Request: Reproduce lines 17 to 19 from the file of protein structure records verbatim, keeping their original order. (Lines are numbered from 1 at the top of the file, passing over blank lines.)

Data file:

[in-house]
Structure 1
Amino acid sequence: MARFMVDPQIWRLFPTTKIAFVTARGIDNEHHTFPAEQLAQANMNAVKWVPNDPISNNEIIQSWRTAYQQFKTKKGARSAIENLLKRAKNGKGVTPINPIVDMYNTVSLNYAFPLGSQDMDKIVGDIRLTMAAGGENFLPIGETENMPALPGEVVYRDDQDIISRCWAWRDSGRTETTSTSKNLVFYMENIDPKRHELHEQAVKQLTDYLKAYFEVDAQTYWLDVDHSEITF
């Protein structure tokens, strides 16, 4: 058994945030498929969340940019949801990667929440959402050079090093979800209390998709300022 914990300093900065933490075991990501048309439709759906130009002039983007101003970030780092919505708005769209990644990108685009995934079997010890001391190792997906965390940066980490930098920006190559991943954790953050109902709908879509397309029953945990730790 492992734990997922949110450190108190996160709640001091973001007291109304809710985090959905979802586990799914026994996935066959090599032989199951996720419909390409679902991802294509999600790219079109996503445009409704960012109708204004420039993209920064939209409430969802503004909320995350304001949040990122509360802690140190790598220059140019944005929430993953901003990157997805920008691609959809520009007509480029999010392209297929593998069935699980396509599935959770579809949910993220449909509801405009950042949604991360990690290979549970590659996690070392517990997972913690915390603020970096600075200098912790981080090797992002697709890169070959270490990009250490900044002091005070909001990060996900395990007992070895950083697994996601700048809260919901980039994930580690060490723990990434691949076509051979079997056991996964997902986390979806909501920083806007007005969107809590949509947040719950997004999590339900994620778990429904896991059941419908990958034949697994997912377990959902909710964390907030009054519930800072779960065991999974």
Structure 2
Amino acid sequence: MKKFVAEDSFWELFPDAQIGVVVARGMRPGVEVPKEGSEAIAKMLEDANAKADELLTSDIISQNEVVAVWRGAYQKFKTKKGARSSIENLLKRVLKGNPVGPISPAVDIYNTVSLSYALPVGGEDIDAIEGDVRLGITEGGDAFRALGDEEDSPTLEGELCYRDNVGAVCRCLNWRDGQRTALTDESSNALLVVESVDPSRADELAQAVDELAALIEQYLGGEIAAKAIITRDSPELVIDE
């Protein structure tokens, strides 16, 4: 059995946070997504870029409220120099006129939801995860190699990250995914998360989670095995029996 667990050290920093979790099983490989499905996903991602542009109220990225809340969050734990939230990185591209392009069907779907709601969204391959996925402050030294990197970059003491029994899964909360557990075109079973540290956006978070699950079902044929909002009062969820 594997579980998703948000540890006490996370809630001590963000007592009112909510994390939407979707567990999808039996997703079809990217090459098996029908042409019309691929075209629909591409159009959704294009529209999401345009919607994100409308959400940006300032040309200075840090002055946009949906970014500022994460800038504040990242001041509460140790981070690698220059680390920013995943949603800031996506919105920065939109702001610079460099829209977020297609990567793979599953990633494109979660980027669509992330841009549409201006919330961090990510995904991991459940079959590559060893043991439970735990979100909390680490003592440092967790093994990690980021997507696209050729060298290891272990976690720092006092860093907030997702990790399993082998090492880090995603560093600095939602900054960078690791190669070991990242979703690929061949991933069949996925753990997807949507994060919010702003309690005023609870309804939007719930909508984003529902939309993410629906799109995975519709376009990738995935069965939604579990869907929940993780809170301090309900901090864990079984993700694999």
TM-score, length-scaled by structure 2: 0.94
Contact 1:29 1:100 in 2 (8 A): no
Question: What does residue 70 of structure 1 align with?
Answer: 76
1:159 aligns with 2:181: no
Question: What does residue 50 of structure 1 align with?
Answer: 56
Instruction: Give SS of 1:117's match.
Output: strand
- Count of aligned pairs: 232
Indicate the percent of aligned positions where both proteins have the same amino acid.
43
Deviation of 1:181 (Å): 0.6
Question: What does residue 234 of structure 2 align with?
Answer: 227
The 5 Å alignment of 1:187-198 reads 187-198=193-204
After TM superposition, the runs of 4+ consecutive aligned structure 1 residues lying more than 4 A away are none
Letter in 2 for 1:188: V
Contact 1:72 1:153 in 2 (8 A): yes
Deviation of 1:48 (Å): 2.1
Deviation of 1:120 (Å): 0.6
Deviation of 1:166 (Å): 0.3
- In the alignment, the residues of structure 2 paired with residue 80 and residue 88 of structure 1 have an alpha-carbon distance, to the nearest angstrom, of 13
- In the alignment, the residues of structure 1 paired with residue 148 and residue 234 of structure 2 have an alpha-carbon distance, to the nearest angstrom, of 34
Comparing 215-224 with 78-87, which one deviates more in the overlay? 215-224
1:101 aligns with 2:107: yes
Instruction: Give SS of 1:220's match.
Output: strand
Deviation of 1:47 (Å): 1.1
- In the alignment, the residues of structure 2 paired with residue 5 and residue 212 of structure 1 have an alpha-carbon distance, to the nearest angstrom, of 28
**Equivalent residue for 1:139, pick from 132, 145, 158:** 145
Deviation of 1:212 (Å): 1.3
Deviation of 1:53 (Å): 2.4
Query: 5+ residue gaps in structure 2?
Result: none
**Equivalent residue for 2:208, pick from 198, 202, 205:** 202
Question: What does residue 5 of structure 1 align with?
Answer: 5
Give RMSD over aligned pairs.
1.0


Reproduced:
- Count of aligned pairs: 232
Indicate the percent of aligned positions where both proteins have the same amino acid.
43